And don't forget battery life! We'll make sure to note which phones impress and which don't.
How we test the best Android phones
T3 is one of the world's foremost experts in terms of reviewing and rating phones, and when it comes round to testing the best Android phones we've got a very detailed, multi-step process to sort the pretenders from the champs.
The first step we undertake is reviewing the phone from a design and build quality point of view. Here we want to discover exactly what the phone offers physically, aesthetically and in terms of connectivity. We're looking at general things like fit and finish here, too.
Next we're specifically looking at the Android phone's screen. We break the screen out as its own section as a phone's screen is absolutely critical to its usage experience. We want to know what its size, resolution, panel type, coating, brightness and features are. If a handset delivers HDR10+, for example, we'll find out.
Following on from the screen we evaluate what the Android mobile offers in term of core internal hardware. So we're talking about its CPU, GPU, RAM and storage specs. If an Android phone comes loaded with a flagship Snapdragon processor we'll find out, as too if a handset comes with an underpowered graphics chip or pitiful amount of RAM. That's because we use benchmarking software such as GeekBench 5 to accurately measure each device's capabilities. Crucially, though, as we understand that specs and benchmark scores on paper can only take you so far in any judgement, we actually use the phone thoroughly in a variety of applications and games to see just what the hardware is capable of in a day-to-day usage case.
Camera system is next, and once again this gets a lot of weight in T3's testing as a person's Android handset is also their primary camera in most circumstances. We're looking at not just the quality and size of the phone's camera lenses, but also the types delivered (wide-angle, telephoto, macro, black and white etc etc) as well as what advanced sensors are on board, such as Time of Flight (ToF). In terms of camera we're also looking at just how useable and versatile the camera system's shooting software is, as too what shooting modes and options it delivers. Finally, we're obviously judging a camera system's quality by the images it takes, with us looking out for key scoring areas such as accuracy of color reproduction.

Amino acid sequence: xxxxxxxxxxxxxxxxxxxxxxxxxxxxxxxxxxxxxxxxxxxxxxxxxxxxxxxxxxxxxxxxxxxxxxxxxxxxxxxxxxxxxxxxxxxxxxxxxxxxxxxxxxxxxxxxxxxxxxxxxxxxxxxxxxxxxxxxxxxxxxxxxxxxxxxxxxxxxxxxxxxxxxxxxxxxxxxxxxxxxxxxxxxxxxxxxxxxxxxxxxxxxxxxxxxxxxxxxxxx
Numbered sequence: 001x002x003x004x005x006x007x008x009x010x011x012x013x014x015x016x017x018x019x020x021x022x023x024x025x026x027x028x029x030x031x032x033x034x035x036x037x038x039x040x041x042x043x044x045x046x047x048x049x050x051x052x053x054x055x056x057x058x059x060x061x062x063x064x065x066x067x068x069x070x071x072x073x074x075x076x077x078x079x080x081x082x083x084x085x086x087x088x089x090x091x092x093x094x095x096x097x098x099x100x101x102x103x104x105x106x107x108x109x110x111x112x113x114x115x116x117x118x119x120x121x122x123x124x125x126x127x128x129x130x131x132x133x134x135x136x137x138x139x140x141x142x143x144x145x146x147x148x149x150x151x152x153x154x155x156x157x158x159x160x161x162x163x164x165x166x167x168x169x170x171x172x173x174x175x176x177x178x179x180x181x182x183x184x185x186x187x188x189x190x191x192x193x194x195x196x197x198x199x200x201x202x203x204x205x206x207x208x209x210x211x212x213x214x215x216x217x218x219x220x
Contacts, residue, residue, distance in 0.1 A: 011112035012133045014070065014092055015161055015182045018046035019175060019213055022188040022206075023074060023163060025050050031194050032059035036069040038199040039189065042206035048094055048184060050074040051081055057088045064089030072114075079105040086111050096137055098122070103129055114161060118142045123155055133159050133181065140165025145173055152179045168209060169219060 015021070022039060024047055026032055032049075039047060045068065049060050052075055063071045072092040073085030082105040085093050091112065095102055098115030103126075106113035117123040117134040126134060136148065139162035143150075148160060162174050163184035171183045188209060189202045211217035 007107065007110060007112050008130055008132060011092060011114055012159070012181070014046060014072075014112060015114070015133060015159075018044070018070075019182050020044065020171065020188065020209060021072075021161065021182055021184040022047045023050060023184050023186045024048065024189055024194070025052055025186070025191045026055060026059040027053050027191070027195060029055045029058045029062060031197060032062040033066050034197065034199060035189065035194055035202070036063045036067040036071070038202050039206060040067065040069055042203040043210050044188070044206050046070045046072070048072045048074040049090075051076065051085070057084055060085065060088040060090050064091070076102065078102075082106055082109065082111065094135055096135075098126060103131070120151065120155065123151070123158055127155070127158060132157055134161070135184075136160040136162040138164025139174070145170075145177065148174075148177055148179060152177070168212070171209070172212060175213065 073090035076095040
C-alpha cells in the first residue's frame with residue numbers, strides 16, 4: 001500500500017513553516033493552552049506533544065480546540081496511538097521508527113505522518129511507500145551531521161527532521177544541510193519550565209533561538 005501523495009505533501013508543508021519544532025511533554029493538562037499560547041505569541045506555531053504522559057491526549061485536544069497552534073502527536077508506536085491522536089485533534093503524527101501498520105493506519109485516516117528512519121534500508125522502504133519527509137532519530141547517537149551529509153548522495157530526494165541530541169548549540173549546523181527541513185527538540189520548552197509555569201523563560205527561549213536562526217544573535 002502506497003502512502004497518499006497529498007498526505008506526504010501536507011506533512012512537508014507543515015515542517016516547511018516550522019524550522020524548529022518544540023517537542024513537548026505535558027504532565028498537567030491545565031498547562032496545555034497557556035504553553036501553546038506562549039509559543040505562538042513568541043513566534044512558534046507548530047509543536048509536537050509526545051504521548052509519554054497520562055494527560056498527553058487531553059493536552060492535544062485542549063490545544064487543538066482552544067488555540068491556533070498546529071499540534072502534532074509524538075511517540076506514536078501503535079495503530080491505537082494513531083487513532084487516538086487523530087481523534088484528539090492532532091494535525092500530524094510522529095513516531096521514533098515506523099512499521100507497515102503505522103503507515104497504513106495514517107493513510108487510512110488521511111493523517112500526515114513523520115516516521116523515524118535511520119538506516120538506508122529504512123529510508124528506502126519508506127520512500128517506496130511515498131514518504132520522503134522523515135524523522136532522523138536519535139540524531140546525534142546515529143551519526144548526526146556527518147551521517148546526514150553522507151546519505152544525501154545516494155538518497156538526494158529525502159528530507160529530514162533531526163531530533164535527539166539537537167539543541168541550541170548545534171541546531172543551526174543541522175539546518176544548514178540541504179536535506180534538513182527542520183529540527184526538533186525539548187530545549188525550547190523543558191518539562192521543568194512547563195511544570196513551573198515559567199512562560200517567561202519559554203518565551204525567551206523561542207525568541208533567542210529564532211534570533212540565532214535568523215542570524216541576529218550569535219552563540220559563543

We then move on to testing the phone's battery life. T3 does this purely based on real world testing, using a phone continuously for a series of days and then reporting in on just how long it lasts.
Lastly we then evaluate any notable features like biometric security and fingerprint sensors, before then judging the device as a single, complete package. We also compare the phone to other Android mobiles that offer the same sort of package or retail for the same sort of money. Only then do we bestow a star score on the phone and, if it is high, we then consider it for inclusion in our best Android phones buying guide.